Hackers stole income, immigration and tax data in Healthcare.gov breach, government confirms

Hackers siphoned off thousands of Healthcare.gov applications by breaking into the accounts of brokers and agents tasked with helping customers sign up for healthcare plans. The Centers for Medicare and Medicaid Services (CMS) said in a post buried on its website that found that the hackers obtained “inappropriate access” to a number of broker and agent […]

Hackers siphoned off thousands of Healthcare.gov applications by breaking into the accounts of brokers and agents tasked with helping customers sign up for healthcare plans.

The Centers for Medicare and Medicaid Services (CMS) said in a post buried on its website that found that the hackers obtained “inappropriate access” to a number of broker and agent accounts, which “engaged in excessive searching” of the government’s healthcare marketplace systems.

CMS didn’t say how the attackers gained access to the accounts, but said it shut off the affected accounts “immediately.”

In a letter sent to affected customers this week (and buried on the Healthcare.gov website), CMS disclosed that sensitive personal data — including partial Social Security numbers, immigration status and some tax information — may have been taken.

According to the letter, the data included:

  • Name, date of birth, address, sex, and the last four digits of the Social Security number (SSN), if SSN was provided on the application;
  • Other information provided on the application, including expected income, tax filing status, family relationships, whether the applicant is a citizen or an immigrant, immigration document types and numbers, employer name, whether the applicant was pregnant, and whether the applicant already had health insurance;
  • Information provided by other federal agencies and data sources to confirm the information provided on the application, and whether the Marketplace asked the applicant for documents or explanations;
  • The results of the application, including whether the applicant was eligible to enroll in a qualified health plan (QHP), and if eligible, the tax credit amount; and
  • If the applicant enrolled, the name of the insurance plan, the premium, and dates of coverage.

But the government said that no bank account information — including credit card numbers, or diagnostic and treatment information was taken.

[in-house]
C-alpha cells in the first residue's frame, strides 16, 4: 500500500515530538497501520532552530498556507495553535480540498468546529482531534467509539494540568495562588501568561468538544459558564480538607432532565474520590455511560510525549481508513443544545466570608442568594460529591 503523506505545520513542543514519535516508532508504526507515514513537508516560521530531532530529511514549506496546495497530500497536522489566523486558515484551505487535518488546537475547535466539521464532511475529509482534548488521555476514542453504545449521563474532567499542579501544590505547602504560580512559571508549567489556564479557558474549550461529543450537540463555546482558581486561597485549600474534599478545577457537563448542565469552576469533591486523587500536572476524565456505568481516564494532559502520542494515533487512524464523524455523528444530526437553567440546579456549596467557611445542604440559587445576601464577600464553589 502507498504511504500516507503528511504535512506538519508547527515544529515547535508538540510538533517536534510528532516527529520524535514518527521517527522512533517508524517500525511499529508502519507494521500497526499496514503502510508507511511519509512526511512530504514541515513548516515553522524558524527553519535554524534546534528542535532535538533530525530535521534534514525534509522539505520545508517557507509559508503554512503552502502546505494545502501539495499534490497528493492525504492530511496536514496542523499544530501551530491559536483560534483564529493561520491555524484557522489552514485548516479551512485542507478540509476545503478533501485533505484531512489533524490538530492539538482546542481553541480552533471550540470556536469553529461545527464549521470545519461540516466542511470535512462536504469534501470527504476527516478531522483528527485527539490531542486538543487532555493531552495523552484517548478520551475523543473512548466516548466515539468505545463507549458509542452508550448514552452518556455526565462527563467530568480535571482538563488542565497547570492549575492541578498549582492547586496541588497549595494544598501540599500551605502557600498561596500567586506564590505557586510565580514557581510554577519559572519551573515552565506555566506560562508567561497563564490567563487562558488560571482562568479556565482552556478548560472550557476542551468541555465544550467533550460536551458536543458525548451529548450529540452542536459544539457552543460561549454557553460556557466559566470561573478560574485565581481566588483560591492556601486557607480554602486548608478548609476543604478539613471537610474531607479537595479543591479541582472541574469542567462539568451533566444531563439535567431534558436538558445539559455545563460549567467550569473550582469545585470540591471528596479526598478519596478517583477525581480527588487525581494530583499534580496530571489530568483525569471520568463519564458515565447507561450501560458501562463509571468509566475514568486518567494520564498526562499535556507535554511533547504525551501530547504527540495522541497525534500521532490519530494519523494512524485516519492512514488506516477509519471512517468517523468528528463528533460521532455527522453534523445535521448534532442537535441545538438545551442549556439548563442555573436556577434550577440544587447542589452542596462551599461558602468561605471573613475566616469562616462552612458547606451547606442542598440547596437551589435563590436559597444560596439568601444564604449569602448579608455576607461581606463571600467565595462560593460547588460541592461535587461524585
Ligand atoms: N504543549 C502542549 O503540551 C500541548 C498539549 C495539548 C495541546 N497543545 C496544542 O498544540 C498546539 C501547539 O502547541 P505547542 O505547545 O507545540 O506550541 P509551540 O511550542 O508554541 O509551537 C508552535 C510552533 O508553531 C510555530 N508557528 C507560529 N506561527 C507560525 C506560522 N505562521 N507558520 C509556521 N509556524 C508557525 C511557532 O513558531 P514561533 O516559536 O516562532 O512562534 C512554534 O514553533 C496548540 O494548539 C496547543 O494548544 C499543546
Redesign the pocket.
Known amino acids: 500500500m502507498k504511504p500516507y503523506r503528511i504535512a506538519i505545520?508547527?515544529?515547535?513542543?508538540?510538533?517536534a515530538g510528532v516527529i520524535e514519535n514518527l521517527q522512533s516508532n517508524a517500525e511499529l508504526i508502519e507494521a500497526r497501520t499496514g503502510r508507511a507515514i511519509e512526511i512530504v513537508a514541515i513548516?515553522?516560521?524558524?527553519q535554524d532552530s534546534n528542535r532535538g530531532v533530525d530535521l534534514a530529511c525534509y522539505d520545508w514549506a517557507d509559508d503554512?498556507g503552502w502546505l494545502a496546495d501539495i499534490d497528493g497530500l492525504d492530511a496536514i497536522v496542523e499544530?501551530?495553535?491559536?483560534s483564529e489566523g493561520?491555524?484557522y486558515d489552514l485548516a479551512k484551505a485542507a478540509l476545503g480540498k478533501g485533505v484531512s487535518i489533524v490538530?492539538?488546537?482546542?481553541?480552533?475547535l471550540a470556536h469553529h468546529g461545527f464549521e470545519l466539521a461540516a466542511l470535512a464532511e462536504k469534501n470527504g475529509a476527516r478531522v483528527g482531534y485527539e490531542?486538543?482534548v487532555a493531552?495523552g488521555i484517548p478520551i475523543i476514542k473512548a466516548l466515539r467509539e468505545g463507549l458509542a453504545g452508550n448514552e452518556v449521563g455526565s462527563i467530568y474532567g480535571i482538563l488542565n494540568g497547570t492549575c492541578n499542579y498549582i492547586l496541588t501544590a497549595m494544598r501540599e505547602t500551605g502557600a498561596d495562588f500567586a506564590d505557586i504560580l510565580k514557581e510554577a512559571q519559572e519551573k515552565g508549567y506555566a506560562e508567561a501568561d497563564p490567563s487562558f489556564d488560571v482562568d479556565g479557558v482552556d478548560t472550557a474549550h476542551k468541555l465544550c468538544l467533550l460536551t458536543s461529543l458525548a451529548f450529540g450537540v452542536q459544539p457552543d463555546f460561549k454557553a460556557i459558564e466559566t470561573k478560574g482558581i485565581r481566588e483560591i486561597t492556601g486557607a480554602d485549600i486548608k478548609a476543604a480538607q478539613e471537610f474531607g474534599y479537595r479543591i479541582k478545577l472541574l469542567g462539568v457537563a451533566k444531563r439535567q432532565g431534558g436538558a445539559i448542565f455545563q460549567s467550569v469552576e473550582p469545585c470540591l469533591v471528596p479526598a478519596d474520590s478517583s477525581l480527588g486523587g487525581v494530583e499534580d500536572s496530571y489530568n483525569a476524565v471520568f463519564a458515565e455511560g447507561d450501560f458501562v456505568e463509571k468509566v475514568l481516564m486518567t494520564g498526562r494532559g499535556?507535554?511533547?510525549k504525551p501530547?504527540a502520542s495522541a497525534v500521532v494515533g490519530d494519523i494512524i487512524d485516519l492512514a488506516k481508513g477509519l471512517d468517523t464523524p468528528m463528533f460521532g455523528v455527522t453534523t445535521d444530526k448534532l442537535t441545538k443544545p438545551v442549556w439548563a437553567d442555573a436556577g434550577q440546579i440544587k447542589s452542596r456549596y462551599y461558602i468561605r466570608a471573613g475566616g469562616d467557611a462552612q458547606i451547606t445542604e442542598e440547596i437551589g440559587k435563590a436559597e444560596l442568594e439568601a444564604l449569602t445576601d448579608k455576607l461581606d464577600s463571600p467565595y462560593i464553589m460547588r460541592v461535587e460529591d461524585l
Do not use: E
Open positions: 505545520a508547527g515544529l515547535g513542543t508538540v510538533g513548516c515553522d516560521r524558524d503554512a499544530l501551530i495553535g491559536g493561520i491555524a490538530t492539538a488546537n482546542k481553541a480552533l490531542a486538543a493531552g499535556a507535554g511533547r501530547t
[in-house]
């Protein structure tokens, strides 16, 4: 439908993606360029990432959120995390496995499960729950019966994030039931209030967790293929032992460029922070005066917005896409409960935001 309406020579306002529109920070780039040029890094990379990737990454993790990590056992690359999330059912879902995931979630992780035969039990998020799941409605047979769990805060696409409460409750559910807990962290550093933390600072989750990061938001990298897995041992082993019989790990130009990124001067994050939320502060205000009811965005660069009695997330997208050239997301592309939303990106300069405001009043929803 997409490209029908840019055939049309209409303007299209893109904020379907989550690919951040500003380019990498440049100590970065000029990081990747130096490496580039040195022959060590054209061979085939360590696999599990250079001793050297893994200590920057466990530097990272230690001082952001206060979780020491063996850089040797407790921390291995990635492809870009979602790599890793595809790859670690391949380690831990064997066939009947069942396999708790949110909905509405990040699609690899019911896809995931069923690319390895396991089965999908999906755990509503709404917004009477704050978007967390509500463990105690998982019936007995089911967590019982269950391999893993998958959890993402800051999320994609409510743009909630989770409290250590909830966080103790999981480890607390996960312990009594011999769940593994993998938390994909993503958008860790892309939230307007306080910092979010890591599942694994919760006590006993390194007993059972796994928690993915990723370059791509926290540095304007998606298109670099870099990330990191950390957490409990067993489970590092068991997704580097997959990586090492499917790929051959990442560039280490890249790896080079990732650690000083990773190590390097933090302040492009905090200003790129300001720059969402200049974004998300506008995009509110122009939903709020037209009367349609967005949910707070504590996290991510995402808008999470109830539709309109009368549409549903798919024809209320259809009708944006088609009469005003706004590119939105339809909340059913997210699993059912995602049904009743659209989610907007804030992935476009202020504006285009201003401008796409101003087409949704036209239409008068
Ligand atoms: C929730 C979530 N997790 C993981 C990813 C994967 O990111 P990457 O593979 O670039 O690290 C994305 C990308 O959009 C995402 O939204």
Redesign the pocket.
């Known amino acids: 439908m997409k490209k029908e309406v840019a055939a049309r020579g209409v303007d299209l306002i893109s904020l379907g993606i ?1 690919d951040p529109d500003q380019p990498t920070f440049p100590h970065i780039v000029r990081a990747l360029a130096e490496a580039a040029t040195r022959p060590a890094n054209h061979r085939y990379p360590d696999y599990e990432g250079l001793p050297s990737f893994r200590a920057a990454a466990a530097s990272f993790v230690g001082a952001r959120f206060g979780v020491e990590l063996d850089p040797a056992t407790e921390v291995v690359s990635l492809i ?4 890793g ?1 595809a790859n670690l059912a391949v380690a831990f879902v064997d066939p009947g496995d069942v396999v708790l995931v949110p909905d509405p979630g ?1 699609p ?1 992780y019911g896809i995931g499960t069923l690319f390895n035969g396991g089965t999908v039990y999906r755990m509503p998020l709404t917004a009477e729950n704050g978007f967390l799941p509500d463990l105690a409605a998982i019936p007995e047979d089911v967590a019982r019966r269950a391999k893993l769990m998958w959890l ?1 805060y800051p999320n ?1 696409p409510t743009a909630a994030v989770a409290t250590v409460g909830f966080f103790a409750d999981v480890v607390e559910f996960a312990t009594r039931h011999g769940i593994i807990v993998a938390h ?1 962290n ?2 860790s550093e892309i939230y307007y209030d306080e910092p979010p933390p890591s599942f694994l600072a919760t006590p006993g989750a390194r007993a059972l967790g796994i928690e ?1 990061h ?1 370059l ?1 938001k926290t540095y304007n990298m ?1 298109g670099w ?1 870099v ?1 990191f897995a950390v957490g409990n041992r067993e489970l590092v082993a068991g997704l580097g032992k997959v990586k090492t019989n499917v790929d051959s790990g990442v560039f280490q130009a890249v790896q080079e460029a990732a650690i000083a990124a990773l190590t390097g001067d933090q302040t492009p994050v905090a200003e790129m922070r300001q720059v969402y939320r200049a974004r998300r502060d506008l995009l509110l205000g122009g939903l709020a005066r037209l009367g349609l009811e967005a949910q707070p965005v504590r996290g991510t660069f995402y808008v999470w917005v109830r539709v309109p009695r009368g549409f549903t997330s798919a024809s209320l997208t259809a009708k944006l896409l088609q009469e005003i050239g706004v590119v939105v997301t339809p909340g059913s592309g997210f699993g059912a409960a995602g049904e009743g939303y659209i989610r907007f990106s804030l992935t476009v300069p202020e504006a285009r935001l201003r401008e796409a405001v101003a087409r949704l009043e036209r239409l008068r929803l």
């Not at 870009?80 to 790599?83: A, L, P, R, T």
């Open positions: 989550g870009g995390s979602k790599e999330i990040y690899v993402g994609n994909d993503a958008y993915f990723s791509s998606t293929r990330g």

“Breaches that include personally identifiable information are always dangerous because they can lead to identity theft,” Andrew Blaich, Head of Device Intelligence at Lookout. “Not only can the attacker steal the identity of anyone in the breach, but they can also use this information to appear credible when crafting mobile spear-phishing messages against their targets.”

“This is especially true if the data that was leaked is accurate, as health information, family relationships and insurance information can make it extremely easy for an attacker to steal the identity of anyone affected by the breach,” he said.

President Obama’s healthcare law, the Affordable Care Act — known as “Obamacare” — allows Americans to obtain health insurance if they are not already covered. In order to sign up for healthcare plans, customers have to submit sensitive data. Some 11.8 million people signed up for coverage for 2018.

CMS previously said that the breach affected 75,000 individuals, but a person familiar with the investigation said that the number is expected to change. The stolen files also included data on children.

A spokesperson said CMS is expected to give an update early next week at the latest.

Healthcare.gov’s enrollment period is set to close on December 15.

Freight trucking startup Shipwell gets a $10 million boost

Shipwell, a startup pitching a marketplace for domestic ground shipping and fleet and cargo management services for freight trucking companies, has raised $10 million in a new round of funding. A booming American economy coupled with failing infrastructure and a low-margin business reluctant to adopt new technologies have put stress on domestic logistics companies in the […]

Shipwell, a startup pitching a marketplace for domestic ground shipping and fleet and cargo management services for freight trucking companies, has raised $10 million in a new round of funding.

A booming American economy coupled with failing infrastructure and a low-margin business reluctant to adopt new technologies have put stress on domestic logistics companies in the $900 billion market for U.S. trucking services.